Why not make the Spratlys an international marine park?
Supreme Court Senior Associate Justice Antonio Carpio believes this will result to a win-win solution for both the Philippines and China. It may even “suspend all their (claimant nations like the PH and China) territorial claims for 50 or 100 years and allow the reef to re-grow and be the breeding ground of fish” again, Carpio explained in an interview.
“The larvae of the eggs that are spawned in the Spratlys are carried by currents all the way to the coast of China, Vietnam, Luzon, Palawan, Malaysia, Indonesia, the Sulu Sea. Everybody benefits,” Carpio added.
Best of all, the SC justice believed that this could result in a peace agreement with China and other affected countries in the region and thus the Philippines should pursue it.
There have been tensions among countries laying claim on parts of the West Philippine Sea (or South China Sea) that political analysts fear may lead to a full scale war in the region. After the international arbitral tribunal ruling in The Hague that was in favor of the Philippine claim, countries like China, Japan and even the US and Australia have been flexing their military and naval muscles in the area and issuing threats.
If war should erupt among these countries, the Philippines will be easily dragged into it even if it assumes a neutral stance due to its proximity to the disputed waters. But this win-win proposal may halt the growing threat and lead to lasting peace.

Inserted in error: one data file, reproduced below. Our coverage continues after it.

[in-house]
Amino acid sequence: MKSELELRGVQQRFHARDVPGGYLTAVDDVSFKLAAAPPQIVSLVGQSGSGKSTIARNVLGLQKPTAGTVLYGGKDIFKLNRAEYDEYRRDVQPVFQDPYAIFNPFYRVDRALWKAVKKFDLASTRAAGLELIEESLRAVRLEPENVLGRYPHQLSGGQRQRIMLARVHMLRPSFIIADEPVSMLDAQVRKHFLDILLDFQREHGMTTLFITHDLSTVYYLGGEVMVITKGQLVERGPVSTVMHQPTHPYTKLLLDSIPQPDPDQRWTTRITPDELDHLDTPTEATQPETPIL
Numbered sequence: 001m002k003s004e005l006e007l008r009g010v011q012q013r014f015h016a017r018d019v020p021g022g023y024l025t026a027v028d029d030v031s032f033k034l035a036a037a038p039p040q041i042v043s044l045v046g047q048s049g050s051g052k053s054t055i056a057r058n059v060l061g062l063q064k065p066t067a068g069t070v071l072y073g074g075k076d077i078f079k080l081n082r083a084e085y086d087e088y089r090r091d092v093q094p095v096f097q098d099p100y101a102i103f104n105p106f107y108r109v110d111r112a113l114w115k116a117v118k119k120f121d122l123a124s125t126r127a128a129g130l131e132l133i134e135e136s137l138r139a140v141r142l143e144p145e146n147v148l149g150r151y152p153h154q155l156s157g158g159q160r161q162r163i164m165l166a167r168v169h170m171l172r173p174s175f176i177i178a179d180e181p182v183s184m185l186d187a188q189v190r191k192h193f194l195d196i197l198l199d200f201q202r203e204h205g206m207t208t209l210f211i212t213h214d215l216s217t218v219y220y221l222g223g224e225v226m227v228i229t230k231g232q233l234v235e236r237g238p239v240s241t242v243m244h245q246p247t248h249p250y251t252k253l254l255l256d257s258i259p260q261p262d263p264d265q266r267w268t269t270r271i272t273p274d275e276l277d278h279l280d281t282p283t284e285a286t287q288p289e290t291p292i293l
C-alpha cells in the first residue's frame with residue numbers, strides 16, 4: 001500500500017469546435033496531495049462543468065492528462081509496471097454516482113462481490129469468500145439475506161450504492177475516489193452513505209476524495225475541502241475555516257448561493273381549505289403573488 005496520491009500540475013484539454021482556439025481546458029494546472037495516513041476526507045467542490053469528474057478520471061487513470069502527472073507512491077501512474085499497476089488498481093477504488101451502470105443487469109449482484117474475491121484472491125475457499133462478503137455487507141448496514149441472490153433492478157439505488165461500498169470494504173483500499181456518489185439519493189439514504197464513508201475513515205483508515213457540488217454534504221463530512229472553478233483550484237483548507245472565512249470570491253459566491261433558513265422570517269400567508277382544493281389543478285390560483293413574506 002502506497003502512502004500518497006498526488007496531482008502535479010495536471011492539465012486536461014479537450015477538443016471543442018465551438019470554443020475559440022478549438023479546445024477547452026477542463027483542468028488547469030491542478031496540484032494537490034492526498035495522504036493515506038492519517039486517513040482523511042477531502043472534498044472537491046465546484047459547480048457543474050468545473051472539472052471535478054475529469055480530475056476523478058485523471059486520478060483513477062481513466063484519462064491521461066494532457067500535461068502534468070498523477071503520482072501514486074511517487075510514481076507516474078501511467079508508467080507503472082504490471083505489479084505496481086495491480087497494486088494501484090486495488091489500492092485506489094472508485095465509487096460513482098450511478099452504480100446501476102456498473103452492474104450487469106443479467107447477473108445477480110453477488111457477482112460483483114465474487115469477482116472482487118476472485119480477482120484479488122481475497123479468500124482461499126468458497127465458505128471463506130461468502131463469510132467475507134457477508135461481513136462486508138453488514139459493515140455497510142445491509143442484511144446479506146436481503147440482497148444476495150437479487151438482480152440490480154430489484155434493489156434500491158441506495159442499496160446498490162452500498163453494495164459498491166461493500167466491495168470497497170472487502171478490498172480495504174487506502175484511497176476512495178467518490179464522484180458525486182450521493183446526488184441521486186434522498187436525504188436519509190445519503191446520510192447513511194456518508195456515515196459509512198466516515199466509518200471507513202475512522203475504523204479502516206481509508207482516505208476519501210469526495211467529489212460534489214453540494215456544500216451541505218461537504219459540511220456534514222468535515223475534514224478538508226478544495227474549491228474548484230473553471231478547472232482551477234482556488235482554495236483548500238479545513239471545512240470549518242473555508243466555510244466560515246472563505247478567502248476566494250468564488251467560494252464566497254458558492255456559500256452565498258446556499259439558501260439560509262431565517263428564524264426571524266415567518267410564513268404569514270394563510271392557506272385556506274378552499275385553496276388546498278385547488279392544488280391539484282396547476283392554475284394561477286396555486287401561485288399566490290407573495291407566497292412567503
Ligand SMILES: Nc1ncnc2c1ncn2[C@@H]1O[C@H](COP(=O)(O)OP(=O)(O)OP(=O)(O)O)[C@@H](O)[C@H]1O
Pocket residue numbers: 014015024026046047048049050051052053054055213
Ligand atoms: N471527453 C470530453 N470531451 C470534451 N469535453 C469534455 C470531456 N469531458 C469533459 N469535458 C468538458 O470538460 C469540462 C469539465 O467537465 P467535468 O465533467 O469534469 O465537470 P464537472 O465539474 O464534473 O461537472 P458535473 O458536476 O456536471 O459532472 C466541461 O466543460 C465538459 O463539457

The idea of a maritime park and protected area was actually the brainchild of Professor John McManus, American marine biologist. McManus also suggested the conversion of military facilities already put up on the Spratlys into marine research labs and eco-tourism facilities.
Carpio said that if we pursued this path (the marine park and marine research and eco-tourism facilities), all the pending territorial claims would be laid to rest. He was on the legal team that prepared the case for the Philippines during the Permanent Court of Arbitration (PCA) sessions in The Hague.
This plan entails allowing only non-military patrol vessels, like civilian coast guards, to roam the area and protect it. Carpio pointed to the success of this idea to pacify tensions between Jordan and Israel in the Red Sea. And similarly, claimant parties also put up a marine park over the disputed sea as part of a peace agreement between them.
“It is a proposal that is a win-win solution for everybody. Nobody loses face because the disputes are set aside for the next 50 to 100 years and everybody benefits from that solution,” the senior associate justice stressed.
Carpio reminded that the PCA ruling only remedied the maritime argument. It did not resolve the territorial dispute between PH and China, especially on the Scarborough Shoal, because the PCA doesn’t have jurisdiction on the matter.
However, he believed that preventing further reclamation and dredging in said islands and reefs was the best remedy for now to protect and preserve what is still left “for the benefit of all the coastal states.”